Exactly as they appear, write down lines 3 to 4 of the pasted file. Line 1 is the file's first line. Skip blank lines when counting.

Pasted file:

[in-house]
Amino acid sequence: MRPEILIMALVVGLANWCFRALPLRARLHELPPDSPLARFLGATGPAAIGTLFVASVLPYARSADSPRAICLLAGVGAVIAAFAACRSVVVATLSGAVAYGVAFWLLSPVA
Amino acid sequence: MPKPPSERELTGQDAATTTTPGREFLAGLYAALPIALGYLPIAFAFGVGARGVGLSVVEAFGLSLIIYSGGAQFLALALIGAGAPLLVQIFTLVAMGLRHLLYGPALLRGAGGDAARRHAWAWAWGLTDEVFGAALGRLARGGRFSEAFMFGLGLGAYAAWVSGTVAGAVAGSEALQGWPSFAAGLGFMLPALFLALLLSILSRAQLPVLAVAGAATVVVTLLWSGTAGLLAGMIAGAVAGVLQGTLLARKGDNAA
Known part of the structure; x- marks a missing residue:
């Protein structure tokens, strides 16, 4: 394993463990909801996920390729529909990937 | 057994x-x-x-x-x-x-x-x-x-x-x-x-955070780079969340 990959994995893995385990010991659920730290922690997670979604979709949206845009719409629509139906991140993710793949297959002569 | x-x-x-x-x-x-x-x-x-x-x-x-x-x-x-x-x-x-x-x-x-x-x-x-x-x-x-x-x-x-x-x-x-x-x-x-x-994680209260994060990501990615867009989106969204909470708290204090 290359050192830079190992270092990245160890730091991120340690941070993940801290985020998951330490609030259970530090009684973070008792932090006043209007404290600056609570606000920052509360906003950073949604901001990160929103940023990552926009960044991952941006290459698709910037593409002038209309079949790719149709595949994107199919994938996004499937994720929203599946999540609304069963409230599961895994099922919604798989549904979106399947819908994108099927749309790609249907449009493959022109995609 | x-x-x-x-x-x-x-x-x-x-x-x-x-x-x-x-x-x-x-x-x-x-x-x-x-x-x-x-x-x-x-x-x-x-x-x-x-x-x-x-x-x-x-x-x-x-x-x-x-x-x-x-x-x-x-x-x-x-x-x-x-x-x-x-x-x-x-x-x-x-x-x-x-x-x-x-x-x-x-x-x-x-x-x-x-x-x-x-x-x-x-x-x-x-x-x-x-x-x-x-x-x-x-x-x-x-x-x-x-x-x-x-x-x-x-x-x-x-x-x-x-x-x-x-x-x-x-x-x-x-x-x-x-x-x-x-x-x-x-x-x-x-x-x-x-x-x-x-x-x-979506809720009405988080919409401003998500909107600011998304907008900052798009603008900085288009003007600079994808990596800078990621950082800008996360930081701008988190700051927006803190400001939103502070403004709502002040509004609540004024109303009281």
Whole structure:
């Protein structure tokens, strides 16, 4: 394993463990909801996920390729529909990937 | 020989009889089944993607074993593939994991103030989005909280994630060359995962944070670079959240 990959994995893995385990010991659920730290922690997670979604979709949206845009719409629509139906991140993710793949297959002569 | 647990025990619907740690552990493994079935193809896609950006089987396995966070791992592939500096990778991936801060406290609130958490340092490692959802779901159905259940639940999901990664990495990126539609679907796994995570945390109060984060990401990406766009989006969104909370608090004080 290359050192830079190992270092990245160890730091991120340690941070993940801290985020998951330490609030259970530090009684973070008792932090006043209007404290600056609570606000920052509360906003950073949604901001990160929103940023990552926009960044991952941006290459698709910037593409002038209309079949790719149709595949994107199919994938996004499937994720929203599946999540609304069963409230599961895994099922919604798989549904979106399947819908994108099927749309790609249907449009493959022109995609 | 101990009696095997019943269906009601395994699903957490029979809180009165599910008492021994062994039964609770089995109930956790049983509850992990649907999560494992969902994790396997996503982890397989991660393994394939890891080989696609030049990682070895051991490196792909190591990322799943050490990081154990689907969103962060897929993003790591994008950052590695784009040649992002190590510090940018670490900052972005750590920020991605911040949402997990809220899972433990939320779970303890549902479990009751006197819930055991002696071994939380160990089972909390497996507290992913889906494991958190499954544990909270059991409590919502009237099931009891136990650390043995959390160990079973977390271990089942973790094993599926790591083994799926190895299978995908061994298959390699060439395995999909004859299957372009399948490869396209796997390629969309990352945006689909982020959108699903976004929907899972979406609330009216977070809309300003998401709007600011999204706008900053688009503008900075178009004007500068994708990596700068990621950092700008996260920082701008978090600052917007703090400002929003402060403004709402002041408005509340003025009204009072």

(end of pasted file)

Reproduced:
Amino acid sequence: MPKPPSERELTGQDAATTTTPGREFLAGLYAALPIALGYLPIAFAFGVGARGVGLSVVEAFGLSLIIYSGGAQFLALALIGAGAPLLVQIFTLVAMGLRHLLYGPALLRGAGGDAARRHAWAWAWGLTDEVFGAALGRLARGGRFSEAFMFGLGLGAYAAWVSGTVAGAVAGSEALQGWPSFAAGLGFMLPALFLALLLSILSRAQLPVLAVAGAATVVVTLLWSGTAGLLAGMIAGAVAGVLQGTLLARKGDNAA
Known part of the structure; x- marks a missing residue: